• Introduce the ten strategic design practices – i.e., routinized strategic actions and ways of working - that emerged as important for effectively planning and executing a project where design professionals are involved in strategic innovation decisions (i.e., a strategic design project). These ten strategic design practices are: envisioning, inspiring, reframing, focusing, road mapping, simplifying, aligning, translating, educating and embracing (see also below). We will explain how a strategic design project differs from a traditional design project and visually illustrate how the practices are linked to different steps/activities of a strategic design project.
PART 1 – SETTING THE OBJECTIVES OF A STRATEGIC DESIGN PROJECT
This first part of the book relates to the practices enacted by designers in the early stages of a strategic design project, when the involved actors discuss the project’s objectives and directions. In this Part One we will introduce and explain three key strategic design practices:
- Envisioning: the practice of helping actors to incorporate a future-oriented, long-term perspective in their project objectives.
• Inspiring: the practice of making actors think and act differently and making them confident in pursuing innovation opportunities.
- Reframing: the practice of framing a problematic situation in new and
interesting ways, thus paving the way for more creative solutions.
These three practices are relevant in relation to a key feature of strategic design projects in the innovation domain, namely that the achievement of their full potential impact requires facing uncertainty, running risks while committing substantial business resources. Since many managers tend to be risk adverse, design practices in this chapter aim at inverting this tendency by keeping managers open to innovation and committed to projects where the outcome is uncertain.
Part I will include four chapters: a chapter explaining the practices of envisioning and inspiring in general; three chapters illustrating these practices through specific tools (e.g., VIP, design of rich experiences) and representative cases.
PART II – STRUCTURING A STRATEGIC DESIGN PROJECT
Part II relates to the relevant practices on ‘how to go there’, namely on how to structure a strategic design project in a way that it can be effectively executed according to the objectives and directions established upfront. This part incorporates the following three design practices:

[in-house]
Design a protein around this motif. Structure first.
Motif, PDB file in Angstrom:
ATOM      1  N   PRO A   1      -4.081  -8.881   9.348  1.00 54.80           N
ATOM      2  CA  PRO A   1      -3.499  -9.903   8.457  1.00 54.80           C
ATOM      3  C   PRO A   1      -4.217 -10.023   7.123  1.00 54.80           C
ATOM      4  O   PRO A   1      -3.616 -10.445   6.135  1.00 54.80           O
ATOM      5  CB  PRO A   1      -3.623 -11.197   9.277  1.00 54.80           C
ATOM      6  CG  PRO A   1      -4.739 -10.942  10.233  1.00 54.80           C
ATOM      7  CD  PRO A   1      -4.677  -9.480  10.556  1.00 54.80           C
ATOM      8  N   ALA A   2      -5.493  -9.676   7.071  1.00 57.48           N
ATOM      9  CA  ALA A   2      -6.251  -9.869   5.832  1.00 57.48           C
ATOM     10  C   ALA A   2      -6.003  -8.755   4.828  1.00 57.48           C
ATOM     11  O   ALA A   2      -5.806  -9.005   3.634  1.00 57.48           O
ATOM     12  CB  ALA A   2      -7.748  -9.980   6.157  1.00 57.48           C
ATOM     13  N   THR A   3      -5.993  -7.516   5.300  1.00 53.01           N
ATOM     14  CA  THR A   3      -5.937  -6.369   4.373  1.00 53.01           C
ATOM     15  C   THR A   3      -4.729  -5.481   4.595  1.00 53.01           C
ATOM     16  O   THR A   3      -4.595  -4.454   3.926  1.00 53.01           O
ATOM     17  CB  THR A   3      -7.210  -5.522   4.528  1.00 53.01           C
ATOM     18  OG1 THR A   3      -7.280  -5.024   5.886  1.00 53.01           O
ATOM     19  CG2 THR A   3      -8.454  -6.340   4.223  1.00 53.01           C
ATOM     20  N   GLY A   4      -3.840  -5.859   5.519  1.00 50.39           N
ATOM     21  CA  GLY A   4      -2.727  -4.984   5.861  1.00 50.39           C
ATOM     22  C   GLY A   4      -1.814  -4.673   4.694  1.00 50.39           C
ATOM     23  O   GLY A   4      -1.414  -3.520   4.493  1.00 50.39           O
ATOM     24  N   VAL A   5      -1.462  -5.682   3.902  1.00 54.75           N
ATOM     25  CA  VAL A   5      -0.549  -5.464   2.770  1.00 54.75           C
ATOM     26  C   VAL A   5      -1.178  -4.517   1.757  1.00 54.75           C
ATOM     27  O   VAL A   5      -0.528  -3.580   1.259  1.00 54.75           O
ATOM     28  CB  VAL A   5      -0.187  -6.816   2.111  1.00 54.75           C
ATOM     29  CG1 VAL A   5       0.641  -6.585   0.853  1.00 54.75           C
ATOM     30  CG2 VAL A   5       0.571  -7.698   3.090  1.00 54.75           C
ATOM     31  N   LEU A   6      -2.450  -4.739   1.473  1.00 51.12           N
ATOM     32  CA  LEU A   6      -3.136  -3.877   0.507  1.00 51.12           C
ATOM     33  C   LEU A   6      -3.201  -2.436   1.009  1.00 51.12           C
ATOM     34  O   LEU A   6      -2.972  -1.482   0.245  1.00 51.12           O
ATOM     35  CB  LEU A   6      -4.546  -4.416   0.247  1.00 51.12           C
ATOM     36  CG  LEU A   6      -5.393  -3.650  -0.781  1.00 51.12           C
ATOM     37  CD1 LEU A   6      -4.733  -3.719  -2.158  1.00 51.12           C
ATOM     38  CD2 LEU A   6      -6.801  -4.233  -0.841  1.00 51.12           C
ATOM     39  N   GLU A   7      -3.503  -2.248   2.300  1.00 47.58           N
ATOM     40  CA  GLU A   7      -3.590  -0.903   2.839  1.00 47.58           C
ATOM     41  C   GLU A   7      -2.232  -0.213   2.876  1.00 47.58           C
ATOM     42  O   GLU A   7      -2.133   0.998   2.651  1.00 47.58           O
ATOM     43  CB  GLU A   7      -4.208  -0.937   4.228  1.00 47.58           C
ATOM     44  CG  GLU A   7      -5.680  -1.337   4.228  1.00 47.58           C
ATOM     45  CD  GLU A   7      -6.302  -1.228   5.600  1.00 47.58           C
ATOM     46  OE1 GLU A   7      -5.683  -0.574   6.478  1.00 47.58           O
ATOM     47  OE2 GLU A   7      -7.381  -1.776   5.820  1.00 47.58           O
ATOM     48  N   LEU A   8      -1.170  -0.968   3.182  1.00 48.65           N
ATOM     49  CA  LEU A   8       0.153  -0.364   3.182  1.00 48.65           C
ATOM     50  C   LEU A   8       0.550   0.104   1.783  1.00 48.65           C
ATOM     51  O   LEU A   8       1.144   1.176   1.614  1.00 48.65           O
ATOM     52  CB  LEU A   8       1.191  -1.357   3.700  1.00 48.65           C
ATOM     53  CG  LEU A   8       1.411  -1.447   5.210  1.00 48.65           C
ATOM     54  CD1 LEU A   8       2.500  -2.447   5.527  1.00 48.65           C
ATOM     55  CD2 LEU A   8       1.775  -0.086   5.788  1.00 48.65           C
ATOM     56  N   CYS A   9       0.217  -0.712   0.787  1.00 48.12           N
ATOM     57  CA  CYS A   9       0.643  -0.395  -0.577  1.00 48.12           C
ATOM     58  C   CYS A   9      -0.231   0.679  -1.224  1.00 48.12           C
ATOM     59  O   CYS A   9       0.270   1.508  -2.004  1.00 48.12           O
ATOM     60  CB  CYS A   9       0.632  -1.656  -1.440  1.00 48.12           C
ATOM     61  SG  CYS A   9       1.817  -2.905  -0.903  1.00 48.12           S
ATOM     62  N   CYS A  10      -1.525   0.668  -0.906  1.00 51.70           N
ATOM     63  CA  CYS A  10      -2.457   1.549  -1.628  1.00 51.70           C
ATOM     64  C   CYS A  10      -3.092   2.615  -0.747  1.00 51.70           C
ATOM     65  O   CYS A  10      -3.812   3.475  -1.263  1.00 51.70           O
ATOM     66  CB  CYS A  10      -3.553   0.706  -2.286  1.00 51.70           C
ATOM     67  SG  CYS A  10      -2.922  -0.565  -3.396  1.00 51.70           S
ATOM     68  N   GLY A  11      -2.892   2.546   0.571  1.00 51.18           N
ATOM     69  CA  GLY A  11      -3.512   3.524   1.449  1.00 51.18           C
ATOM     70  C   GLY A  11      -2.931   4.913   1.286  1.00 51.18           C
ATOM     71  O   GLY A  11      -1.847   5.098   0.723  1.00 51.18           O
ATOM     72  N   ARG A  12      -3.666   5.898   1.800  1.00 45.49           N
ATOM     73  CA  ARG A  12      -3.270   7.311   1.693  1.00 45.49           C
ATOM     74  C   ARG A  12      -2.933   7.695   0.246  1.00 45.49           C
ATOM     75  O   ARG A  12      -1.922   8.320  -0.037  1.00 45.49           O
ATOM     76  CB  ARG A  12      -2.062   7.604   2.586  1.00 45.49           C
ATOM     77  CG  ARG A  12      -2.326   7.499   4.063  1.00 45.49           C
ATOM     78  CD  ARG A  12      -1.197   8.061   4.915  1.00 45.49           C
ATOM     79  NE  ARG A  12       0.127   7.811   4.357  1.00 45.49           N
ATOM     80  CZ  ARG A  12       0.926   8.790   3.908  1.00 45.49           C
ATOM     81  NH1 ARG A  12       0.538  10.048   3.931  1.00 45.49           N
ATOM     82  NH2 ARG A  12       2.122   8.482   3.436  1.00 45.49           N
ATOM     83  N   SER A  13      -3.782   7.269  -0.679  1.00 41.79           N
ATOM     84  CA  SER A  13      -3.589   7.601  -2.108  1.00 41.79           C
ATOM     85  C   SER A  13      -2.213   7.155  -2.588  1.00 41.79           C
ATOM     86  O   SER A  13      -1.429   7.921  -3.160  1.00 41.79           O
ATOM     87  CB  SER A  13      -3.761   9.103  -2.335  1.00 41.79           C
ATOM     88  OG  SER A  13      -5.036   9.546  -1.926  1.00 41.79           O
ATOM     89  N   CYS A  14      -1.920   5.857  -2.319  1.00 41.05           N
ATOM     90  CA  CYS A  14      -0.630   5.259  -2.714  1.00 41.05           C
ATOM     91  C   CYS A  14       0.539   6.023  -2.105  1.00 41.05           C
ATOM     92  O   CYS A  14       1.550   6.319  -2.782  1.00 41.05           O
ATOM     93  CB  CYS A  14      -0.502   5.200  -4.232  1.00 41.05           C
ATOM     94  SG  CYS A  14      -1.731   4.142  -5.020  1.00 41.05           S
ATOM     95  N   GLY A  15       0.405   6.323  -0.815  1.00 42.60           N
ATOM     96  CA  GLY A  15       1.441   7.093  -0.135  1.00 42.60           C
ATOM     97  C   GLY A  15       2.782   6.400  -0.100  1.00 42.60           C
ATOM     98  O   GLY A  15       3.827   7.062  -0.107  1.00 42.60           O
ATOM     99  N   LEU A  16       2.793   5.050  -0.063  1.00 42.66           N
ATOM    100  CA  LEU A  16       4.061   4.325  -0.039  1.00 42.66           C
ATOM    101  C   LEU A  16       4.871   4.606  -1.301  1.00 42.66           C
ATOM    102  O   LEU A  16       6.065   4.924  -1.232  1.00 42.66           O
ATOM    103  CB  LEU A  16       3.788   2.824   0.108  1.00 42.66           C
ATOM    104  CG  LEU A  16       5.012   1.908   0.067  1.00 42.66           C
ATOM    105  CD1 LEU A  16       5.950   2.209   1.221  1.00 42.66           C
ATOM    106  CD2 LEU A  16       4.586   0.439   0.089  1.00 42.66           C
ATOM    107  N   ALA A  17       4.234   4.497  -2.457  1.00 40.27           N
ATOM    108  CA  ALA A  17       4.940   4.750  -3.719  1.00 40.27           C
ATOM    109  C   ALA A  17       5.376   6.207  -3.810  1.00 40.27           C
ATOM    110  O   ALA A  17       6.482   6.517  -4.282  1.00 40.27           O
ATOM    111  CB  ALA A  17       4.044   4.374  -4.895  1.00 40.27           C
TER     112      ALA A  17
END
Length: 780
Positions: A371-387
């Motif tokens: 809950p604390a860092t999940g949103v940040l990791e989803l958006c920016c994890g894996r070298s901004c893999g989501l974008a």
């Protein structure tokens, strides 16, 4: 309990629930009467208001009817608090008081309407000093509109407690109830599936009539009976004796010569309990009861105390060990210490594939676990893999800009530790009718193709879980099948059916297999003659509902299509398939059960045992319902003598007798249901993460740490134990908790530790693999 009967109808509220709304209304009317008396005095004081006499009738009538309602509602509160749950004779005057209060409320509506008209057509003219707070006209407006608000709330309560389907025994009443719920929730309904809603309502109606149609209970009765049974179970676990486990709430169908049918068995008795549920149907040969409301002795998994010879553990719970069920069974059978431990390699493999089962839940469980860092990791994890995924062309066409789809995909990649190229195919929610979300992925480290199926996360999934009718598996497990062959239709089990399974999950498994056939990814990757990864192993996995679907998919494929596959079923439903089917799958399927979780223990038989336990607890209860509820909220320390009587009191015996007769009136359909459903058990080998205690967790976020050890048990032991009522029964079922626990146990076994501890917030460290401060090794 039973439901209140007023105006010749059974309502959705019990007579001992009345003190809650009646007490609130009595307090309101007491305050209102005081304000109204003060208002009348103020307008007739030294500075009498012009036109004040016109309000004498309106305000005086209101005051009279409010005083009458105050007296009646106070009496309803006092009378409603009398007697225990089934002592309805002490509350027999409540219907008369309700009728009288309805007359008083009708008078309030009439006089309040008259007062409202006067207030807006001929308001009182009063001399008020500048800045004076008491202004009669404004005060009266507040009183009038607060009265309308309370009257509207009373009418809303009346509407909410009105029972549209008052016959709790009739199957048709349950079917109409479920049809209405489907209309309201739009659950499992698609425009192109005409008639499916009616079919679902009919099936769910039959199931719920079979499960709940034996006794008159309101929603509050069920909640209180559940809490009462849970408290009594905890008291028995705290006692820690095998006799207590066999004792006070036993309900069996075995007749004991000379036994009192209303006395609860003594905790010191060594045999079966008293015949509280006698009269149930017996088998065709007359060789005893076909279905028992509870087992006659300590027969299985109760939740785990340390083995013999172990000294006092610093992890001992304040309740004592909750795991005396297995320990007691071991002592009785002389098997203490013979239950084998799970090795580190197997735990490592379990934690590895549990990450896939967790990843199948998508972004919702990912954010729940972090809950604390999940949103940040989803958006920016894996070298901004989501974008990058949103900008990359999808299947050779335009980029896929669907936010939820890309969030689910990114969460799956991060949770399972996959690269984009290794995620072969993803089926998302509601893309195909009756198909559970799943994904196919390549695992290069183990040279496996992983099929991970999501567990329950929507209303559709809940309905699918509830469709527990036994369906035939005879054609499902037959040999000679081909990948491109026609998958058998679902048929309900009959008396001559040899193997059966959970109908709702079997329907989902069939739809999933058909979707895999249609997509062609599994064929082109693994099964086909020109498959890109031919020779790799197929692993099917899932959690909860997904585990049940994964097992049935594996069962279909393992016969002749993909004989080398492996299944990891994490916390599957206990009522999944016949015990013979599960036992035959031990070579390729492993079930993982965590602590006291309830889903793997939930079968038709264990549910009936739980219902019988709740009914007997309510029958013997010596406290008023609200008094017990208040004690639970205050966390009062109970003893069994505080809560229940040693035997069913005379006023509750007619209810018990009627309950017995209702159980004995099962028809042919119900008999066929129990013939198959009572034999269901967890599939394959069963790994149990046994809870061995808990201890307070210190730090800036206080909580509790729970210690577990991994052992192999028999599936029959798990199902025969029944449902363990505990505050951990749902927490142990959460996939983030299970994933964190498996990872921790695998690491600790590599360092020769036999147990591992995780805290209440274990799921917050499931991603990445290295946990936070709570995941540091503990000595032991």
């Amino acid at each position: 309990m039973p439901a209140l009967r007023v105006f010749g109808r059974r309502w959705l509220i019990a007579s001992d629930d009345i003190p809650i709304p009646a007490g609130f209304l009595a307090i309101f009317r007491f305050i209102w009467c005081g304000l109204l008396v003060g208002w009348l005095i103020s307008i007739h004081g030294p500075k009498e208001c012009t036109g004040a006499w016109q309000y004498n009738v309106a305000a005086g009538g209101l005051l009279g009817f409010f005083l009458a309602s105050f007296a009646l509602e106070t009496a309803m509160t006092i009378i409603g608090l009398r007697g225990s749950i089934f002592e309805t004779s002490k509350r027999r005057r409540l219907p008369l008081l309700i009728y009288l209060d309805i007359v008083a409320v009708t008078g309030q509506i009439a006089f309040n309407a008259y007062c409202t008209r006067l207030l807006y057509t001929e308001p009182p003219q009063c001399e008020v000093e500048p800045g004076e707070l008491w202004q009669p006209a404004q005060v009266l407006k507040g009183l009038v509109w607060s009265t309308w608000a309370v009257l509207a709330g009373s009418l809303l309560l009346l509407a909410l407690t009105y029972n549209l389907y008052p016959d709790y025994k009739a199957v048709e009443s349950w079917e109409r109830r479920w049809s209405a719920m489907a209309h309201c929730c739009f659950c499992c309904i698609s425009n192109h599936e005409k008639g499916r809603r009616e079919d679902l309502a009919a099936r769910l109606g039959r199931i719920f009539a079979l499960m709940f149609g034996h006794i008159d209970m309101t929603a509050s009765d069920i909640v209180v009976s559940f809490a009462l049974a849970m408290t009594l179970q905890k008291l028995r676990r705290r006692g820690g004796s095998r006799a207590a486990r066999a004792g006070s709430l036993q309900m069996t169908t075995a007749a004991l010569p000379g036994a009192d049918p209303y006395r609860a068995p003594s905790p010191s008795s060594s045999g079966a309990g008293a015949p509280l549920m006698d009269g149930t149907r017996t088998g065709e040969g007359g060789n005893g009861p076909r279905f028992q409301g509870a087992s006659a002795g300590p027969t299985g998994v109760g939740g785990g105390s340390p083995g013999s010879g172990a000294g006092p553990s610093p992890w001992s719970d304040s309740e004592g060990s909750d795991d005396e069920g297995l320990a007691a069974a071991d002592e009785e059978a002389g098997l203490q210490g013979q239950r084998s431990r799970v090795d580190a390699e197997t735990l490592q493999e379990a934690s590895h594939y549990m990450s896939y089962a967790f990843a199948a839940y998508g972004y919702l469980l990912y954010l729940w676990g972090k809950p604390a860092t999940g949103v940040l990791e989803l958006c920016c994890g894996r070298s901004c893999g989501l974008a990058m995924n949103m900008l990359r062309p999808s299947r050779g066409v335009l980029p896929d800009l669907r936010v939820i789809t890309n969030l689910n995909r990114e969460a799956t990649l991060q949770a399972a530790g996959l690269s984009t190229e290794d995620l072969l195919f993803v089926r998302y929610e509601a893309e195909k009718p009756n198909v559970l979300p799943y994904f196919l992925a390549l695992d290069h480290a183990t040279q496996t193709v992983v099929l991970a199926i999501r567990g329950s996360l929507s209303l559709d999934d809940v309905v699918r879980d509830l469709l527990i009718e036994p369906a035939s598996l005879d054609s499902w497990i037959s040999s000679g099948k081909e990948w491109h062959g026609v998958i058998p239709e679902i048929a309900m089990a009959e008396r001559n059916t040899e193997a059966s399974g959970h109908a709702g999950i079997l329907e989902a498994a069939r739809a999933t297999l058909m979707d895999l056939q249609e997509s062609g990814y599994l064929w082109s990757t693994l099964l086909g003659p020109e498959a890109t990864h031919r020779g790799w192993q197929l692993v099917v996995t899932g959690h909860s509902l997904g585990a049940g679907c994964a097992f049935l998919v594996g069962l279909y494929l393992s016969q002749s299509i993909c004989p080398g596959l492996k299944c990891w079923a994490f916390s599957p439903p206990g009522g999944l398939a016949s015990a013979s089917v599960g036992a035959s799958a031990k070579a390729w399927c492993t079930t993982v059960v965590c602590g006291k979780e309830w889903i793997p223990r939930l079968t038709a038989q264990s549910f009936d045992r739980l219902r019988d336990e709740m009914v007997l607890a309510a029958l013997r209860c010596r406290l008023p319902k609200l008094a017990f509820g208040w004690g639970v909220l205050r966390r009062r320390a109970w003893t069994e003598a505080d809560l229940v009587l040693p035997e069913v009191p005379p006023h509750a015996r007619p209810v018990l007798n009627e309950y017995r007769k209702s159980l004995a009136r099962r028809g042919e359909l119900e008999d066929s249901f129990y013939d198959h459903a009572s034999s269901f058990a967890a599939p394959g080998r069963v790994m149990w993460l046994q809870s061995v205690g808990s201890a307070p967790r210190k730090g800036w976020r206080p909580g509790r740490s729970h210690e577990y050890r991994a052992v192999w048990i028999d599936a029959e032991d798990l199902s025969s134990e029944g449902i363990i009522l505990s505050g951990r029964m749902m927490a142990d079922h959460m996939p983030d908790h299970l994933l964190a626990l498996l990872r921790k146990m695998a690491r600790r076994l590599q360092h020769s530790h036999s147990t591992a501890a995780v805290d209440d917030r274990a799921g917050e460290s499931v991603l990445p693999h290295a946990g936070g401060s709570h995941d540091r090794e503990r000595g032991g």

• Focusing: the practice of helping actors to focus their interest and activities on the project’s strategic objectives.
- Road mapping: the practice of specifying the steps that need to be undertaken to reach the project’s strategic objectives and guiding the actors through these steps.
- Simplifying: the practice of filtering what is most relevant or useful (e.g., information, resources) to reach the project’s strategic objectives.
Providing actors with a clear, simple, structured plan for executing a strategic design project contributes to reducing the perceived uncertainty of these projects and, thus, keeps actors committed to them.
Part II will include four chapters: a chapter explaining the practices of focusing, road mapping and simplifying; three chapters illustrating these practices through specific tools (e.g., Veylinx, Scrum) and representative cases.
PART III – ORCHESTRATING A STRATEGIC DESIGN PROJECT
This part of the book relates to designers’ practices aimed at combining and
harmonizing/synchronizing different types of people, knowledge, and expertise in strategic design projects. The effective execution of strategic design projects requires a multidisciplinary team and the support and commitment of a variety of stakeholders. The involvement of people with different ways of thinking, languages and personal interests might hinder strategic design projects. Design professionals facilitate the integration of people and interests prevalently by means of two practices:
• Aligning: the practice of steering strategic projects’ key decision moments towards a human-centred direction that agrees or matches with a company’s values and assets.
- Translating: the practice of converting information from one language to another (e.g. verbal to visual, tacit to explicit) in order to facilitate alignment.
These practices are enacted throughout the strategic design project.
Part III will consist of three chapters: a chapter explaining the practices of aligning and translating; two chapters illustrating these practices through specific tools (e.g., co-creative sessions; visual thinking) and representative cases.
PART IV: EMBEDDING A STRATEGIC DESIGN PROJECT
This part relates to helping actors learn and retain a design-oriented approach to innovation strategy and integrate the outcome of strategic design projects in the organization. Frequently actors find it difficult to implement the outcomes of a strategic design project, given the outcomes’ inherent complexity and novelty and the actors’ risk adverse attitude. Design professionals support actors in embedding the outcomes of strategic design projects by means of the following practices:
- Educating: the practice of teaching design practices and tools to actors involved in strategic design projects (also refers to explaining how the design outcome came about)
- Embracing: (complementary to educating) the practice of ensuring that strategic projects’ outcomes and design practices and tools are embraced and institutionalized by the involved companies and actors in the longer run.
These practices generally occur towards the end of the project, but our chapters will stress the appropriateness of enacting them throughout the project.
Part IV will consist of three chapters: a chapter explaining the practices of educating and embracing; two chapters illustrating these practices through specific tools (e.g., hackathons, pressure cooker) and representative cases.